If you have any questions about how this new law may affect you or a loved one, please do not hesitate to contact the Bromund Law Group for a free consultation.

Provisional Unlawful Presence Waiver

by Adriana

December 24th, 2013

Provisional Unlawful Presence Waiver

Jack Seal of Bromund Law Group

On March 4, 2013 USCIS began accepting a new application for a waiver of unlawful presence, called a 601A. This is definitely a step in the right direction! For those who qualify, it means that you can apply for the waiver while still in the United States, and you can get the approval while still in the United States. For those who are granted the waiver, the trip to their country of origin to be formally admitted will take less than a week.

 

Before USCIS began changing this process, the applicant would have to travel to the consulate in their home country (Ciudad Juarez in most cases) and apply for admission before they were even allowed to request a waiver of unlawful presence. This often meant that it would take several months, and upwards of a year to have their waiver processed and hopefully be admitted to the United States.

 

The waiver of unlawful presence is required by most people who are seeking admission to the US (applying for a Green Card in most cases) who have been in the US without permission for six months or more. Current law requires those applicants to wait for several years outside the country (in most cases 10 years) before the US government will allow the applicants to enter. The waiver of unlawful presence is an application for an exception to that rule.

 

The new application (601A) is only available to immediate relatives of US Citizens. It is limited to those applicants who do not require any other waivers, which are usually required for certain criminal convictions. And like the traditional 601 waiver, it requires a showing of extreme hardship to the applicant’s immediate relatives who are already legally present in the United States.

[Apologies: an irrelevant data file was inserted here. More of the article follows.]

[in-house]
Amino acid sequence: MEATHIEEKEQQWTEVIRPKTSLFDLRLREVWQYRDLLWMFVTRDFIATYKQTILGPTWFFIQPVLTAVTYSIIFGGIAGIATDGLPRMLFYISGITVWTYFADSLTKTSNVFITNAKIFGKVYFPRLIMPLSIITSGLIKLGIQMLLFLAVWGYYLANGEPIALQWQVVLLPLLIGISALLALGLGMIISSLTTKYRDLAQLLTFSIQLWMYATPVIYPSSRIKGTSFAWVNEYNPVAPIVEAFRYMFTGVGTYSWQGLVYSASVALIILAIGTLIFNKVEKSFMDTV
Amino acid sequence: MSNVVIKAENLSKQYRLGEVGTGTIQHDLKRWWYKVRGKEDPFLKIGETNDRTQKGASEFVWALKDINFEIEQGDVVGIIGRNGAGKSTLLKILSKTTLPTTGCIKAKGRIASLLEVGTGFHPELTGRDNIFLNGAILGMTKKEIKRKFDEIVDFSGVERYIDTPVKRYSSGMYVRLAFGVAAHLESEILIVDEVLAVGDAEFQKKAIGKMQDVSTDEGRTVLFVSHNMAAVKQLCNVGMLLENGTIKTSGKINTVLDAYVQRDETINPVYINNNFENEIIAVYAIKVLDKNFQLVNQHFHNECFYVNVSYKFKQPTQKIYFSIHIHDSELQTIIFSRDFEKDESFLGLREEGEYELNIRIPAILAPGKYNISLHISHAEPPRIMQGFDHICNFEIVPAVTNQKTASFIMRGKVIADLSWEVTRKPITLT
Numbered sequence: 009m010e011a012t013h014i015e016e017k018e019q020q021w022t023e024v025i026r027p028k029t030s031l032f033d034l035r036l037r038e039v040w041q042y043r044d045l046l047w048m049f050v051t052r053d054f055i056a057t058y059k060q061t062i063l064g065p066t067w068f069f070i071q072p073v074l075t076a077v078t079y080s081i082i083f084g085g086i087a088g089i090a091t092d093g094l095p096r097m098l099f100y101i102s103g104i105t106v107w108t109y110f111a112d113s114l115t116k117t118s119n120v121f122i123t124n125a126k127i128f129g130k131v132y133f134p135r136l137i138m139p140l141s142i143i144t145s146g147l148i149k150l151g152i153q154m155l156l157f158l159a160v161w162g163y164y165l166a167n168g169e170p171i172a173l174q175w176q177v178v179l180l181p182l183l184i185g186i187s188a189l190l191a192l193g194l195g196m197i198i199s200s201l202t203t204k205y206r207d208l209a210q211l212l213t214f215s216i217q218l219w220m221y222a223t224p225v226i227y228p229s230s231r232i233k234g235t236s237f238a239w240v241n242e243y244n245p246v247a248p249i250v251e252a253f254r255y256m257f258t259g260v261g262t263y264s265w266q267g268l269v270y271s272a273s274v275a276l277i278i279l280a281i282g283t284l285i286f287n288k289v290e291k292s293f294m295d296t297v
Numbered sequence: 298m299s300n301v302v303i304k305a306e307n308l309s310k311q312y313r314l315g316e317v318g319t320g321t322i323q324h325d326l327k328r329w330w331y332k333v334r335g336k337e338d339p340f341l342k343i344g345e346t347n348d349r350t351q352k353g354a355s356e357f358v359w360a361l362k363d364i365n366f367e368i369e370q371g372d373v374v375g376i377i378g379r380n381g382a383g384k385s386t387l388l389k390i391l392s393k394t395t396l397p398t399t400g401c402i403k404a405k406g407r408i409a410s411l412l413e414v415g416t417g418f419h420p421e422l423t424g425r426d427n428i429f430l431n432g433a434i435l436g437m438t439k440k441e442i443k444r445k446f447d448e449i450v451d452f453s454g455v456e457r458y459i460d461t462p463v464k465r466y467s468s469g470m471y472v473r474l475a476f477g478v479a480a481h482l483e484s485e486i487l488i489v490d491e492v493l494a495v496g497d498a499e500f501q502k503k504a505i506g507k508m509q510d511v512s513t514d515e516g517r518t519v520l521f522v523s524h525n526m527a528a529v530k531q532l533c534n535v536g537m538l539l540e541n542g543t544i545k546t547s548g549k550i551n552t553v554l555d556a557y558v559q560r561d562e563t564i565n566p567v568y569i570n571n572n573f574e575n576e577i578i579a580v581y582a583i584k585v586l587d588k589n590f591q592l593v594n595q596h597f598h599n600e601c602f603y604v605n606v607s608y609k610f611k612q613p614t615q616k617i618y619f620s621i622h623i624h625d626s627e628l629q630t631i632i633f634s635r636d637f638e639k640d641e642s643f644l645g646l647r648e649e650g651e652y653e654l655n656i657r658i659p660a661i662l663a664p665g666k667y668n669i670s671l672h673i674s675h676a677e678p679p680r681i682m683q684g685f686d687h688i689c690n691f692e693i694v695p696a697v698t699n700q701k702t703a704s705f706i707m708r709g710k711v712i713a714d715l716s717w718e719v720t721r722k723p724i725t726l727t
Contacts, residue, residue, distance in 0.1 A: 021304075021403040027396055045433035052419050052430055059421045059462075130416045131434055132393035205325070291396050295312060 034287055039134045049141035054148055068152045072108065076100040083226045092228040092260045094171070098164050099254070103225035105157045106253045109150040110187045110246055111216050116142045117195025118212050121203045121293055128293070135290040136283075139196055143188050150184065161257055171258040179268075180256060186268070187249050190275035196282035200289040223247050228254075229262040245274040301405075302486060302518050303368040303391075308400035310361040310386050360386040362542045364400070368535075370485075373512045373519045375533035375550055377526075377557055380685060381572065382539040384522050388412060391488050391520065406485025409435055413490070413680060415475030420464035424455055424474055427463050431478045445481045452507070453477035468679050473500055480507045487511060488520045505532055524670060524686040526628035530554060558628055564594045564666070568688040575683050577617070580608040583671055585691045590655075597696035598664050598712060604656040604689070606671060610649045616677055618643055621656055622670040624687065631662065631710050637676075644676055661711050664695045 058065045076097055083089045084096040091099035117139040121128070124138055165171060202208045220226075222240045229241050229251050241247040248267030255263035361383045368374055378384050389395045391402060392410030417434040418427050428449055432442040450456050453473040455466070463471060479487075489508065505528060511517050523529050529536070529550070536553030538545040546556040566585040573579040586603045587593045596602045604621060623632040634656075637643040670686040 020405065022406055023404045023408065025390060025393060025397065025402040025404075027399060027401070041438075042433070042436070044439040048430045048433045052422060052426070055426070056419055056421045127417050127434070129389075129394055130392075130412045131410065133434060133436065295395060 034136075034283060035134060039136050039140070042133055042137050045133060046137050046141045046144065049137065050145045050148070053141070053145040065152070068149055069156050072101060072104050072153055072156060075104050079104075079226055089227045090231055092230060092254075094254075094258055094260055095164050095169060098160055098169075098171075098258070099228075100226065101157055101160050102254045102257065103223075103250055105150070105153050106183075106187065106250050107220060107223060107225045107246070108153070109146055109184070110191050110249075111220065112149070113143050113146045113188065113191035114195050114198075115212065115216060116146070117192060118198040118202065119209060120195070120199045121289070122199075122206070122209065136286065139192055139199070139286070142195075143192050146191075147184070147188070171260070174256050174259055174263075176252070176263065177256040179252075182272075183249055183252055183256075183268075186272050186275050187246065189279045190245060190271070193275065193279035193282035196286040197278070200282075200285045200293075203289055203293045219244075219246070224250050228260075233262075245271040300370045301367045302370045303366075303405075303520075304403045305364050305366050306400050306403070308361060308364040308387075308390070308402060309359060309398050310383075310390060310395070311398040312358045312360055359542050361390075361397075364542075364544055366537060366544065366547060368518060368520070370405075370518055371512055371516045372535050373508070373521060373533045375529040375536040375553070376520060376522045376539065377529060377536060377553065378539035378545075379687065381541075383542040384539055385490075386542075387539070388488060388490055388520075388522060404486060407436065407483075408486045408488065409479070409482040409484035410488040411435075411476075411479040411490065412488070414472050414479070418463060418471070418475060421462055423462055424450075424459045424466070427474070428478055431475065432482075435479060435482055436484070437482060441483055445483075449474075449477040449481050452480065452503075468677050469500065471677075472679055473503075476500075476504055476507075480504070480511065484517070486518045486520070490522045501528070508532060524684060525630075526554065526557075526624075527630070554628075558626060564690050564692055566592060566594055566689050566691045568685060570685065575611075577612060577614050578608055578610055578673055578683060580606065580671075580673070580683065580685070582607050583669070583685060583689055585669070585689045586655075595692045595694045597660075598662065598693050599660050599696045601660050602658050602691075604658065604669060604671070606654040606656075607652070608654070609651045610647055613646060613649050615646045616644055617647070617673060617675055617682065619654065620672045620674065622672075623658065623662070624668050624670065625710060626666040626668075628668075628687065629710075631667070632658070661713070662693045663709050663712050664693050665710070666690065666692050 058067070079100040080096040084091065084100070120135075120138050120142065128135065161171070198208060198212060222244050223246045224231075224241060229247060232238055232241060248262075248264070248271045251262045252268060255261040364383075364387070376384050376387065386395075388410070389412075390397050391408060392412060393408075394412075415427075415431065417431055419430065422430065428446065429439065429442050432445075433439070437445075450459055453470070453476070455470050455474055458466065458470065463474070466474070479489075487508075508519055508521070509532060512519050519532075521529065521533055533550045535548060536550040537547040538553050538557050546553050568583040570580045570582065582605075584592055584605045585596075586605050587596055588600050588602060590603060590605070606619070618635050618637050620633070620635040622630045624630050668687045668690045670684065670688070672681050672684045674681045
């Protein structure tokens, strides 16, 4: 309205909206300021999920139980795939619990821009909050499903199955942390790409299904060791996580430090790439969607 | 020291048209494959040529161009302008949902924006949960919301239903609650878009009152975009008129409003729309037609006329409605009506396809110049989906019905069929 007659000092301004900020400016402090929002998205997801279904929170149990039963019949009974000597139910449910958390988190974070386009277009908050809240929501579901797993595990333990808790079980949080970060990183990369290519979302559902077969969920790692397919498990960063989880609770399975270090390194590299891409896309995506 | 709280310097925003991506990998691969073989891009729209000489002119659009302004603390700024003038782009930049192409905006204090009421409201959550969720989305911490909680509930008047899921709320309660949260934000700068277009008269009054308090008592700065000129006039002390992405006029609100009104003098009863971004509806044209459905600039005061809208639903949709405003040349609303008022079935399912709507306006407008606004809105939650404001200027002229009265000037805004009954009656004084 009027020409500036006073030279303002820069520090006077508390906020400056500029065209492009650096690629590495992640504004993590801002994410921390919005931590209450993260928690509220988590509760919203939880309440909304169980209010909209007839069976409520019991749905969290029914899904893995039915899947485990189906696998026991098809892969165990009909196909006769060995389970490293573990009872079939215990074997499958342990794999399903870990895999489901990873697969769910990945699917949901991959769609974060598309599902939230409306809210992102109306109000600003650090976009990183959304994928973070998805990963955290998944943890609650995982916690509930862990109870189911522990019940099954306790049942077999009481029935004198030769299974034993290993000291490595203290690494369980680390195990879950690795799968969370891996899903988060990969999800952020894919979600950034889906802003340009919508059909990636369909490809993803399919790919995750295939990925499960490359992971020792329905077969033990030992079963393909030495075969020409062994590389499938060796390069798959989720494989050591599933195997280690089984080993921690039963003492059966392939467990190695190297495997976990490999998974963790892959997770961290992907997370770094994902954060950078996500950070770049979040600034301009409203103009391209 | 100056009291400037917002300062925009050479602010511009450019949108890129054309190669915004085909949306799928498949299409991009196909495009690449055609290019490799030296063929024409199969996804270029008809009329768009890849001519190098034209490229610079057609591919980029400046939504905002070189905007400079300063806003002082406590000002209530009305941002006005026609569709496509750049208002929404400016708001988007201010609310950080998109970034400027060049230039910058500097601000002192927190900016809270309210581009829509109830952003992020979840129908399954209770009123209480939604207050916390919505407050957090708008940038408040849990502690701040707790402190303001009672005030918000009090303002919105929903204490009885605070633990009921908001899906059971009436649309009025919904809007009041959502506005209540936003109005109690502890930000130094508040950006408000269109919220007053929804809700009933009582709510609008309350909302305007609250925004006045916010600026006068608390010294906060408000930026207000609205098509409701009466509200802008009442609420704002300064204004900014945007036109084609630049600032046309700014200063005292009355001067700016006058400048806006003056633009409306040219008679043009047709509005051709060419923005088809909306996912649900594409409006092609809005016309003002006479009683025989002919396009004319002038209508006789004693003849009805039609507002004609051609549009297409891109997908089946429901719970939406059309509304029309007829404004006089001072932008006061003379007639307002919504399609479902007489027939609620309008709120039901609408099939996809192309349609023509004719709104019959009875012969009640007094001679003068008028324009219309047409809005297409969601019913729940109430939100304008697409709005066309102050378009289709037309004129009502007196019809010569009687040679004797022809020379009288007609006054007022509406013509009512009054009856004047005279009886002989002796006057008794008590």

I have posted a link below to the USCIS website and the instructions for the form, but call today to schedule a free consultation with the Bromund Law Group if you would like to discuss this, or any other immigration issue!

http://www.uscis.gov/portal/site/uscis/menuitem.5af9bb95919f35e66f614176543f6d1a/?vgnextoid=26215a63d813d310VgnVCM100000082ca60aRCRD&vgnextchannel=db029c7755cb9010VgnVCM10000045f3d6a1RCRD

 

Jack D. Seal

Attorney at the Bromund Law Group

Immigration Reform

by Adriana

December 20th, 2013

Immigration Reform

 white house

The United States’ Senate continues to work out the details of a comprehensive immigration reform bill, currently referred to as the Border Security, Economic Opportunity, and Immigration Modernization Act, and we remain confident that they will get the reform passed before the end of summer. The basics of the immigration reform seem largely unchanged: those unlawful immigrants who were present before the end of 2011 should have a path to legalization. There will probably be requirements that all applicants have addressed all past income tax issues in the US, and there will probably be some sort of financial penalty. The financial penalty will probably be similar to the penalty we saw a few decades ago with the INA 245(i) penalty of $1000.

 

It looks like applicants will be on some sort of probationary status for an extended period, but will have work authorization and the ability to get a driver’s license. Applicants will be on the path to Lawful Resident status, with the ability to eventually naturalize and become US Citizens.

 

Many issues have yet to be resolved, and any reform is likely to be accompanied by improved border security which will make it far more difficult to enter the US without permission. There is a renewed push to improve biometric technology at the border, which is a hotly contested (and very expensive) issue.

 

There will certainly be strict rules for those with criminal convictions. It is extremely important for any non US Citizen consult an immigration attorney if they are facing criminal charges, and perhaps even more so for unlawful immigrants. For anyone who has been in trouble with the law or who has had contact with Immigration authorities, it is a good idea to submit a request under the Freedom of Information Act to examine the records the government has related to the applicant.

 

http://www.schumer.senate.gov/forms/immigration.pdf

 

Jack D. Seal

Attorney at Bromund Law Group